Words matter; what we say and how we say them carries weight. We say we condemn the murders of George Floyd, Breonna Taylor, Tony McDade, Ahmaud Arbery, and too many more to count. When we condemn institutional violence that harms Black and brown people, are we saying everything we need to? When we say that we stand with and support Black Lives Matter and will continue to be an ally and advocate – is that enough?
In January we began centering on “Intentional Integration” with DCSC members and partners. We are naming that using the term “diversity” has blurred the edges of systemic, underlying causes of devastating gaps in achievement, safety and health. This current moment is causing us to sharpen our definition. Intentional Integration requires us to commit to anti-racism personally and in our roles as leaders of schools and networks. It demands that we examine how white supremacy underlies all parts of our society, including our education system. It helps us reflect on how we talk about this moment with each other, our colleagues, and our children.
Using Deepa Iyer’s ecosystem map and its reflection guide is a way we can be more deliberate and intentional in naming our approach in this moment. As the guide states: “many of us play different roles in pursuit of equity, shared liberation, inclusion, and justice.”
For us at DCSC, we will strive to more explicitly name and disrupt white supremacy. DCSC will weave networks between members and partners that strengthen our collective power to transform unjust conditions and oppressive systems in schools. We aim to build out services that support Coalition members in educating generations of students with frameworks of justice and healing.
We offer resources and materials for educators, accomplices, and allies to move forward in solidarity. We also know that what we say is just as important to how we listen and learn, especially from our Black colleagues, members and partners.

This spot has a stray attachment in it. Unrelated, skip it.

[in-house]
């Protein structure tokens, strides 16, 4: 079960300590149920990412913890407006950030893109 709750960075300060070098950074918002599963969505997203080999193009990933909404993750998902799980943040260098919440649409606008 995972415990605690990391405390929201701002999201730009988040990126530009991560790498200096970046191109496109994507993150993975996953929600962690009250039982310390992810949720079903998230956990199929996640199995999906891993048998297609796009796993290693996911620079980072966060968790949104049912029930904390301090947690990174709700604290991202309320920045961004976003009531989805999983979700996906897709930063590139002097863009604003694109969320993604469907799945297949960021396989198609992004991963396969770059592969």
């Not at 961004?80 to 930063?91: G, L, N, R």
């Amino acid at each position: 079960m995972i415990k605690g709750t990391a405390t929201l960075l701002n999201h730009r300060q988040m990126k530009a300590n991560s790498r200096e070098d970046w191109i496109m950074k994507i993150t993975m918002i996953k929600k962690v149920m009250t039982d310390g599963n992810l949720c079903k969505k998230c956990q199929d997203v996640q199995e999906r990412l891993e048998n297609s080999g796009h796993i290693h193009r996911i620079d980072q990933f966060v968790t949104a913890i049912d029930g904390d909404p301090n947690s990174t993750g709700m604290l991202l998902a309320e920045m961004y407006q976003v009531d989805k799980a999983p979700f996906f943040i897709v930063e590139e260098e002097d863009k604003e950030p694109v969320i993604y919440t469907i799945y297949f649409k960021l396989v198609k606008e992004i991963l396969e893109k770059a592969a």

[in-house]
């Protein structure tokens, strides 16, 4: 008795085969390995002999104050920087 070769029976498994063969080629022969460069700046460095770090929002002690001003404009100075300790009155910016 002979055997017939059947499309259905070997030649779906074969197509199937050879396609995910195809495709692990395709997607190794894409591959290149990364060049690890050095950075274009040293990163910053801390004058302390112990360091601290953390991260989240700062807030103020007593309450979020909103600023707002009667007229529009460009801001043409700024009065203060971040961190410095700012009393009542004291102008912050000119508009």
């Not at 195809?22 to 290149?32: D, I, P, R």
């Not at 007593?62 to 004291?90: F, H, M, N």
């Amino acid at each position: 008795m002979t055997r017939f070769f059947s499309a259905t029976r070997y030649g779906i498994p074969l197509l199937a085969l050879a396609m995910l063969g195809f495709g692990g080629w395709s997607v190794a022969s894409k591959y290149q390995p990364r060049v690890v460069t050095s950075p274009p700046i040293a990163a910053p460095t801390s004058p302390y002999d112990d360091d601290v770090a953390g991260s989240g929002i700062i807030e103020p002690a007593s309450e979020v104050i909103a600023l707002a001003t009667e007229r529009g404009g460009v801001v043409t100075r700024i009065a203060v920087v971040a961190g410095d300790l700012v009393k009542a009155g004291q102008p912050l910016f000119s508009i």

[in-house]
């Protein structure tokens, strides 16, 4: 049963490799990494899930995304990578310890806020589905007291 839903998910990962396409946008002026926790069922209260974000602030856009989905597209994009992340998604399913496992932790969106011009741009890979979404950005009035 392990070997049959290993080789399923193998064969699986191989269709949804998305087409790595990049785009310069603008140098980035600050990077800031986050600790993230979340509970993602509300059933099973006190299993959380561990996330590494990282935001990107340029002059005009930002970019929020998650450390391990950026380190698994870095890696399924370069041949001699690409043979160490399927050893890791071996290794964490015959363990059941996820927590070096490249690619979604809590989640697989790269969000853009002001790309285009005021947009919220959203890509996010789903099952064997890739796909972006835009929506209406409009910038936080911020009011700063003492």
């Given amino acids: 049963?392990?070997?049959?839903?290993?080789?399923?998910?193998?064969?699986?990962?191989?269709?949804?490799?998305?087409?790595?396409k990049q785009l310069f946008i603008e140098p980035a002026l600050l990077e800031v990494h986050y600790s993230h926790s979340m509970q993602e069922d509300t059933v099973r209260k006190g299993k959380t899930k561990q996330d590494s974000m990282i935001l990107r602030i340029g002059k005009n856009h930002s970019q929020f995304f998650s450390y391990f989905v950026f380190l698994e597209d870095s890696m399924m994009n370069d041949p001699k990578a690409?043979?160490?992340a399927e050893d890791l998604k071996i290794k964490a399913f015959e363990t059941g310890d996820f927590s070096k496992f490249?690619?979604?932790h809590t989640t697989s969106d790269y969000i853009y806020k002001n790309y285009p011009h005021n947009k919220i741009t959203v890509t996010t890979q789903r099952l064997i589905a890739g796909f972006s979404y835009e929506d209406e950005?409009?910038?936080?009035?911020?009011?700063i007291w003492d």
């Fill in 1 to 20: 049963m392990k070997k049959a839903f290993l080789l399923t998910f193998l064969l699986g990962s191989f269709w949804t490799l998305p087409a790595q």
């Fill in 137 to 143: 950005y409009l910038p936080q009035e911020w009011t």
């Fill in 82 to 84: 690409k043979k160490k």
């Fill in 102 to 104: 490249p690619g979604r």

DCSC members can expect that we’ll continue to check in to ask how you are doing and what you may need from us. This is a time to support each other as we all try, on a daily basis, to make our words matter.
Despite the fear, anxiety, and grief that surround us, we will continue to be there for each person, school, and community.
– Amy, Ashley, Dave, Seon and Sonia
Being an educator:
- How To be an Antiracist Educator
- 13th, a documentary analyzing the criminalization of African Americans and the U.S. prison boom.
- A Young People’s History of the United States, by Howard Zinn.
- Your Kids Aren’t Too Young to Talk About Race: Resource Roundup
- THE CHARACTERISTICS OF WHITE SUPREMACY CULTURE
- Avoiding Racial Equity Detours
- Creating an Anti-Racist Classroom
- The Urgent Need for Anti-Racist Education
Being an ally:
- Your Black Colleagues May Look Like They’re Okay — Chances Are They’re Not
- 11 Things To Do Besides Say ‘This Has To Stop’ In The Wake Of Police Brutality
- How To Be A Strong White Ally.
- AAPI’s crowdsourced a letter in multiple languages to help explain Black Lives and social justice to their elders
- Anti-racism resources for white people
- Code of Ethics for White Antiracists